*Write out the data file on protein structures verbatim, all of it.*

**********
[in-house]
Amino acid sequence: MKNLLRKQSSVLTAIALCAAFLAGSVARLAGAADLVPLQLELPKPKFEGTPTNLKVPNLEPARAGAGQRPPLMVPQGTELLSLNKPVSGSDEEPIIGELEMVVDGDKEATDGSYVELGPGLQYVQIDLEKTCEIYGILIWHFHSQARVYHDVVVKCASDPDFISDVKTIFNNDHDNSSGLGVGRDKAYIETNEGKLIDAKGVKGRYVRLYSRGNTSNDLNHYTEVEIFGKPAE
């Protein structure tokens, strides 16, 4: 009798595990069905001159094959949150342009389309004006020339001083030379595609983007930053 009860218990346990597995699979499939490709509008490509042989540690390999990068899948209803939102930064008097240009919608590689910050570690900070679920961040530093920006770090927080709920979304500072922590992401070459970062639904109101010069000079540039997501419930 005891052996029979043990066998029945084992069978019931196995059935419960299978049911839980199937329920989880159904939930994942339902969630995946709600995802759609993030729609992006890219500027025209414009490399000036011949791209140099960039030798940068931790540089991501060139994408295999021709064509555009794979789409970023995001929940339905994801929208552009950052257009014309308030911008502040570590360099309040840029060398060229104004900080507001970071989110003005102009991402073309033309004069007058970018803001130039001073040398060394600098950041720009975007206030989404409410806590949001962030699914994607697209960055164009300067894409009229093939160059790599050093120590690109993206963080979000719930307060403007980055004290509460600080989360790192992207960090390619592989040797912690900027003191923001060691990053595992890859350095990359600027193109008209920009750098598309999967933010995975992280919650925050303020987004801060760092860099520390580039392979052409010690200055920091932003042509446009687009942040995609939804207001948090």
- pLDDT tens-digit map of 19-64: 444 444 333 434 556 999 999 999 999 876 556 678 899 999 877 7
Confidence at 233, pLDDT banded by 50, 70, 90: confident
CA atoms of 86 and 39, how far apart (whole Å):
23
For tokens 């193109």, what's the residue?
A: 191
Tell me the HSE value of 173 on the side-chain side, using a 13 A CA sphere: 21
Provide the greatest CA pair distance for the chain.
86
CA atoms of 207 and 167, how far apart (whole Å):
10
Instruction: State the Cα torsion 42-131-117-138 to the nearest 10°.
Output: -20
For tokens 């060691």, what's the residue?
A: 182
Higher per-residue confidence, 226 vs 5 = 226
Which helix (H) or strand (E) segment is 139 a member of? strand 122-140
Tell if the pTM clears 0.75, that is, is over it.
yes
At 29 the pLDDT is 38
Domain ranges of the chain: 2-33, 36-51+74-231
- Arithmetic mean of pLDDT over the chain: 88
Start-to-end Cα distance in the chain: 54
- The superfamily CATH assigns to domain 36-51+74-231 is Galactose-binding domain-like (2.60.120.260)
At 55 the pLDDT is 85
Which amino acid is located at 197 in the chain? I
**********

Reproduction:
[in-house]
Amino acid sequence: MKNLLRKQSSVLTAIALCAAFLAGSVARLAGAADLVPLQLELPKPKFEGTPTNLKVPNLEPARAGAGQRPPLMVPQGTELLSLNKPVSGSDEEPIIGELEMVVDGDKEATDGSYVELGPGLQYVQIDLEKTCEIYGILIWHFHSQARVYHDVVVKCASDPDFISDVKTIFNNDHDNSSGLGVGRDKAYIETNEGKLIDAKGVKGRYVRLYSRGNTSNDLNHYTEVEIFGKPAE
């Protein structure tokens, strides 16, 4: 009798595990069905001159094959949150342009389309004006020339001083030379595609983007930053 009860218990346990597995699979499939490709509008490509042989540690390999990068899948209803939102930064008097240009919608590689910050570690900070679920961040530093920006770090927080709920979304500072922590992401070459970062639904109101010069000079540039997501419930 005891052996029979043990066998029945084992069978019931196995059935419960299978049911839980199937329920989880159904939930994942339902969630995946709600995802759609993030729609992006890219500027025209414009490399000036011949791209140099960039030798940068931790540089991501060139994408295999021709064509555009794979789409970023995001929940339905994801929208552009950052257009014309308030911008502040570590360099309040840029060398060229104004900080507001970071989110003005102009991402073309033309004069007058970018803001130039001073040398060394600098950041720009975007206030989404409410806590949001962030699914994607697209960055164009300067894409009229093939160059790599050093120590690109993206963080979000719930307060403007980055004290509460600080989360790192992207960090390619592989040797912690900027003191923001060691990053595992890859350095990359600027193109008209920009750098598309999967933010995975992280919650925050303020987004801060760092860099520390580039392979052409010690200055920091932003042509446009687009942040995609939804207001948090």
- pLDDT tens-digit map of 19-64: 444 444 333 434 556 999 999 999 999 876 556 678 899 999 877 7
Confidence at 233, pLDDT banded by 50, 70, 90: confident
CA atoms of 86 and 39, how far apart (whole Å):
23
For tokens 């193109």, what's the residue?
A: 191
Tell me the HSE value of 173 on the side-chain side, using a 13 A CA sphere: 21
Provide the greatest CA pair distance for the chain.
86
CA atoms of 207 and 167, how far apart (whole Å):
10
Instruction: State the Cα torsion 42-131-117-138 to the nearest 10°.
Output: -20
For tokens 């060691």, what's the residue?
A: 182
Higher per-residue confidence, 226 vs 5 = 226
Which helix (H) or strand (E) segment is 139 a member of? strand 122-140
Tell if the pTM clears 0.75, that is, is over it.
yes
At 29 the pLDDT is 38
Domain ranges of the chain: 2-33, 36-51+74-231
- Arithmetic mean of pLDDT over the chain: 88
Start-to-end Cα distance in the chain: 54
- The superfamily CATH assigns to domain 36-51+74-231 is Galactose-binding domain-like (2.60.120.260)
At 55 the pLDDT is 85
Which amino acid is located at 197 in the chain? I